• says

      Yes, it seems like a balance of both is what’s needed. Funny how I had a friend who was complimented all her life on her beauty and not much else while you know of others who never were, and both types of people ended up struggling.

      • Crinkled says

        As long as their beauty (or lack of) is not their defining characteristic, I think they will end up OK. Eg if someone grows up being called “the beautiful one” or “the ugly one”, then they probably will be self conscious of their looks. But if they are told how smart/ friendly/ kind/ athletic they are, or whatever other characteristic best defines them, then I think that looks become secondary for the most part. Obviously the teenage years are the worst for being insecure about your looks, but I think everyone goes through that, no matter how they were raised.

  11. jamily5 says

    I think that all are correct, moderation is the key. It is also about competition. I want my son to know that “yes,” he is handsome, but so is your son and that does not take away from him. Arrogance comes when we think that we are the only one or the best. We need to help our children know how to deal with and feel about compliments. I also comp.liment other people’s children and mean it! Besides, what mother doesn’t think that her child is handsome??? But, if we dwell on it, it bwecomes our defining characteristic and maybe the child will see it as the reason for love, et.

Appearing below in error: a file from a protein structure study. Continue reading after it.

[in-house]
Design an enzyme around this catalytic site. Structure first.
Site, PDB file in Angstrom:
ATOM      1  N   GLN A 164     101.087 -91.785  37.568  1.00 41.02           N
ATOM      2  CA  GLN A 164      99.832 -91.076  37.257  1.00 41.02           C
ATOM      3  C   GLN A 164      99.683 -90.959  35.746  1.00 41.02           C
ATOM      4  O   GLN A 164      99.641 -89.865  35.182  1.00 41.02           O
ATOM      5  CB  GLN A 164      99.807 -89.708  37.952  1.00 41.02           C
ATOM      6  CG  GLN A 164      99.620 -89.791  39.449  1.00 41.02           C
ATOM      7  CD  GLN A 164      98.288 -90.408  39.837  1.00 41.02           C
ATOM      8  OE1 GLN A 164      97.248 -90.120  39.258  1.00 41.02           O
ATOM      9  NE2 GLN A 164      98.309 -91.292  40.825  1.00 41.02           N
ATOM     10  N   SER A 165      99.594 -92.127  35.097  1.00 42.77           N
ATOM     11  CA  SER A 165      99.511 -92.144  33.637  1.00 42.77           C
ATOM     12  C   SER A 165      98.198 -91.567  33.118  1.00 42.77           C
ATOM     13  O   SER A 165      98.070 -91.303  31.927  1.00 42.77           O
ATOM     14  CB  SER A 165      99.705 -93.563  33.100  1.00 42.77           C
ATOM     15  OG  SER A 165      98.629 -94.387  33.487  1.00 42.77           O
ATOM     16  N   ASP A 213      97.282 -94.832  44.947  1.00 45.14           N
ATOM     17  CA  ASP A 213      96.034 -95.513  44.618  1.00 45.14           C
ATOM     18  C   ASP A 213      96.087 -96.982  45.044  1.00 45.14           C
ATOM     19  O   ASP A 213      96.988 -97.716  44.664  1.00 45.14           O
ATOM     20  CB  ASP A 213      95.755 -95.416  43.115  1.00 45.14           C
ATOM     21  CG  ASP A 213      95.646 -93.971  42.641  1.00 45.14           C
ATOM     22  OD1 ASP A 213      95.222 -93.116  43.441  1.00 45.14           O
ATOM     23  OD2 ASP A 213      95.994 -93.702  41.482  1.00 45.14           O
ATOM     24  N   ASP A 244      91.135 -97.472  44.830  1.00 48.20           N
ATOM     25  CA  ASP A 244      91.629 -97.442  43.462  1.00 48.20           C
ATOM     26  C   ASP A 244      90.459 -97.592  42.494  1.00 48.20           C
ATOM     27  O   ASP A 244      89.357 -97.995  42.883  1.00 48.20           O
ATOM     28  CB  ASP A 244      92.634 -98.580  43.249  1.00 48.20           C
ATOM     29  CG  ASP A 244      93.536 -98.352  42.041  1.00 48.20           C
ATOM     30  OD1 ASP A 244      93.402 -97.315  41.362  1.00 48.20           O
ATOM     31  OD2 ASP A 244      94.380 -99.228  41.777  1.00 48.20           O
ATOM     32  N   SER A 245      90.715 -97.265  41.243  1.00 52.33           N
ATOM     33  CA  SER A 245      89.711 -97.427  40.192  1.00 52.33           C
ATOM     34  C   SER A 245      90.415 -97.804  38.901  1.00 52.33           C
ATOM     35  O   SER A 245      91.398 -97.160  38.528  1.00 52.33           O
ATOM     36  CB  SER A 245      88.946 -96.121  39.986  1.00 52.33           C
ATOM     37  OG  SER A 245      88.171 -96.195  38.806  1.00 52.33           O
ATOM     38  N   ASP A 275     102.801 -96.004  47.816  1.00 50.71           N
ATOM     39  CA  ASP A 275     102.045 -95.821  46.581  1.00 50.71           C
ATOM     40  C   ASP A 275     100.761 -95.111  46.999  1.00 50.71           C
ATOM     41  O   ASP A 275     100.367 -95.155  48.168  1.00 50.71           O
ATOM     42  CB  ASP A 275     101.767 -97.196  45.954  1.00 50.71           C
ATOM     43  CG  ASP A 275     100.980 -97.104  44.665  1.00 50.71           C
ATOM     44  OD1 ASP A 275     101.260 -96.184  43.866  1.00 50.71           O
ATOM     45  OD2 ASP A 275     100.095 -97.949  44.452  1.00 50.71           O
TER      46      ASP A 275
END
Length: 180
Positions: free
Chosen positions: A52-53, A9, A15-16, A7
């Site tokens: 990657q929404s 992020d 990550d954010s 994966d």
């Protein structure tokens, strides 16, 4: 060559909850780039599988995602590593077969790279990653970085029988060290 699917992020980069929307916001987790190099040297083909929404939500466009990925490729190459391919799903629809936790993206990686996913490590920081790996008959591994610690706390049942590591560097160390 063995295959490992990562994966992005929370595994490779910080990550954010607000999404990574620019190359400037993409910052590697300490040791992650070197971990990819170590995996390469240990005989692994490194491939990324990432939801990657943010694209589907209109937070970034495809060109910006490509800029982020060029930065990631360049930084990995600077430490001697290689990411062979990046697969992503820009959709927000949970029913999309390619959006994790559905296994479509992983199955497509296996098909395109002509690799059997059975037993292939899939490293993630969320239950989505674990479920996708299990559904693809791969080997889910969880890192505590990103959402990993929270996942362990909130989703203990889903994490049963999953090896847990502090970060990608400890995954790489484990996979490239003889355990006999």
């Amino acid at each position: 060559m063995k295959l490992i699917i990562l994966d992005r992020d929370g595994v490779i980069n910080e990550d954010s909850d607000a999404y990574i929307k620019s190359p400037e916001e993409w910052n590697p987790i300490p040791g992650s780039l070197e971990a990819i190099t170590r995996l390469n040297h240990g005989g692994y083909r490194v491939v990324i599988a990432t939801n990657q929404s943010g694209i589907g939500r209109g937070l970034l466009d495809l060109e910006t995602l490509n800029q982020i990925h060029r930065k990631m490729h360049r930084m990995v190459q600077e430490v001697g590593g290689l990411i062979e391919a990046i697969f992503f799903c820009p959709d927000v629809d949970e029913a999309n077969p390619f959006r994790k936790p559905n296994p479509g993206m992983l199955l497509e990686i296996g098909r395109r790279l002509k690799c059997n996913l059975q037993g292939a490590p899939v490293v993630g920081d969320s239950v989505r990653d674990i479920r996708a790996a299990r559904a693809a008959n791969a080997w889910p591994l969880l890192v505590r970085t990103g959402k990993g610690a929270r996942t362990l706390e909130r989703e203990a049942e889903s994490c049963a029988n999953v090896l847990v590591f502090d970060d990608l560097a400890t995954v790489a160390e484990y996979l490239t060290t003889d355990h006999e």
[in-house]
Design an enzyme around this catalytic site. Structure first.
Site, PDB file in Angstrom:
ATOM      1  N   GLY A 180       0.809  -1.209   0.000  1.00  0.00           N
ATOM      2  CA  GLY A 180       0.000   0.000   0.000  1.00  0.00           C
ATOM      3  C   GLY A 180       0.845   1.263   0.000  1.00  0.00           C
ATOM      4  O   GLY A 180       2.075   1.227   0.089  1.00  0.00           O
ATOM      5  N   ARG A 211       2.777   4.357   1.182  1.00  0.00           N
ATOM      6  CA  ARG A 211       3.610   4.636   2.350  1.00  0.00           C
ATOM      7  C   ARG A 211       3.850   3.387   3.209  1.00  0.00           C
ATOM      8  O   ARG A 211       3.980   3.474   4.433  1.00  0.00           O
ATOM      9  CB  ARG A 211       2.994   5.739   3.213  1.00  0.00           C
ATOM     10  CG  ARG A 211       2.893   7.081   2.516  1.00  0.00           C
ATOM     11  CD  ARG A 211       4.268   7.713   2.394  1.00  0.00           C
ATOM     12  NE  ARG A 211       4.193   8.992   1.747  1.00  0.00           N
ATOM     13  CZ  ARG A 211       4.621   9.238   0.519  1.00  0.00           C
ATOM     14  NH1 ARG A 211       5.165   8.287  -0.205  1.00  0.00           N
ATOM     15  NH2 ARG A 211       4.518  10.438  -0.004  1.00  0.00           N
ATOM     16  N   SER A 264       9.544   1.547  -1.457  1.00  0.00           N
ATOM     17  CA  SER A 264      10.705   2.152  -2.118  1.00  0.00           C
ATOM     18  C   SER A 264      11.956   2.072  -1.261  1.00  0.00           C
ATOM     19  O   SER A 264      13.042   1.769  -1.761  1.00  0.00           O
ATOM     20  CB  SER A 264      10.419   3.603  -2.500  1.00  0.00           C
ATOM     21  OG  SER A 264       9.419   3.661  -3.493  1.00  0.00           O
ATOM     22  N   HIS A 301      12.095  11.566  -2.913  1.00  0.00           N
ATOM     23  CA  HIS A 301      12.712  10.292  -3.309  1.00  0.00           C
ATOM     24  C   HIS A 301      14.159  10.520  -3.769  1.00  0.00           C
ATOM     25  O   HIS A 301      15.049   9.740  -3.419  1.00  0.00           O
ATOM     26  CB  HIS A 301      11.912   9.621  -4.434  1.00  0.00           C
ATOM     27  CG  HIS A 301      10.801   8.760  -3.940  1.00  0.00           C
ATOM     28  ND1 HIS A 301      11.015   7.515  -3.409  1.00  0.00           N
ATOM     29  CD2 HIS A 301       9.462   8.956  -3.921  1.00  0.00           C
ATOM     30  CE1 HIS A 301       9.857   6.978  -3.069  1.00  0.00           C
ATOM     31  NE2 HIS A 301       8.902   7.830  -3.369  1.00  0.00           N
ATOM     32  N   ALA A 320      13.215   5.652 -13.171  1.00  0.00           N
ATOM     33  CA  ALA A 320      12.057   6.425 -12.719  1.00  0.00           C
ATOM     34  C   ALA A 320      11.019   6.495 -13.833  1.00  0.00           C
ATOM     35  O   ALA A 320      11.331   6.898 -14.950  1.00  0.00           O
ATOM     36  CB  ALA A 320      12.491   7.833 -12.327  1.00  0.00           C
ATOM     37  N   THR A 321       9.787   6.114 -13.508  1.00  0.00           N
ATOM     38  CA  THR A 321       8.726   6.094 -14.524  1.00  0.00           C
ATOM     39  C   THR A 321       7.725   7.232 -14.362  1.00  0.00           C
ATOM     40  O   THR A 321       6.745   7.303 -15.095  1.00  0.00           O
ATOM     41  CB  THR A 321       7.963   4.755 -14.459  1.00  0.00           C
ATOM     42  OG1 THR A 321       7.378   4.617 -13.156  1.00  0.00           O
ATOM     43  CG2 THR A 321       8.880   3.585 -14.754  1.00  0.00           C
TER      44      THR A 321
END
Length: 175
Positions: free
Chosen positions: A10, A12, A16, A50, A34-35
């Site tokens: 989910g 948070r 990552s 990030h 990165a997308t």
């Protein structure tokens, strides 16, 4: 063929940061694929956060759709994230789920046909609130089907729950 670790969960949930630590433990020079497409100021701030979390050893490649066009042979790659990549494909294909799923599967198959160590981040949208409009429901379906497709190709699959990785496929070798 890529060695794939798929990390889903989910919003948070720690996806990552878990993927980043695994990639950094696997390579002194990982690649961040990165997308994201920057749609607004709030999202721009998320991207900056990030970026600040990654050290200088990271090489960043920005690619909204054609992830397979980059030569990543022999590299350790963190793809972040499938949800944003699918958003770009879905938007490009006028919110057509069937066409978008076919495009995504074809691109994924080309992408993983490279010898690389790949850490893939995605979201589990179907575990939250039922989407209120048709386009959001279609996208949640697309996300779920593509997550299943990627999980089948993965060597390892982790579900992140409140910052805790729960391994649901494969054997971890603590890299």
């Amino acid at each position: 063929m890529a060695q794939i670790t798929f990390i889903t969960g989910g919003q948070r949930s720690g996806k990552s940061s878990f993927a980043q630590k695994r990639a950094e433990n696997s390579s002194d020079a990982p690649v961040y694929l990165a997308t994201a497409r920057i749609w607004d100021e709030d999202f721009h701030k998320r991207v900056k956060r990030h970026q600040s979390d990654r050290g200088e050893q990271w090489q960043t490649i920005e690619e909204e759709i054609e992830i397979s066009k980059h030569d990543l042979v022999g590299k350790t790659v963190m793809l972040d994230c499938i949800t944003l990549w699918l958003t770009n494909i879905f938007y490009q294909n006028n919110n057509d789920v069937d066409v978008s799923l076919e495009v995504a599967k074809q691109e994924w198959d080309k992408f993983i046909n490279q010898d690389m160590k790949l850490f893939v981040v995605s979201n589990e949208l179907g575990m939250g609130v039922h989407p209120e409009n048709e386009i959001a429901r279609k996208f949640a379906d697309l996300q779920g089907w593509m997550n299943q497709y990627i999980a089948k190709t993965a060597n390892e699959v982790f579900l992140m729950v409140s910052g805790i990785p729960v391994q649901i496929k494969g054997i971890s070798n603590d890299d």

12. says

    I tell Baguette that she’s beautiful, or pretty, or cute. I also tell her that she works hard, and that she’s observant, and that she’s persistant. So I’m in the moderation camp.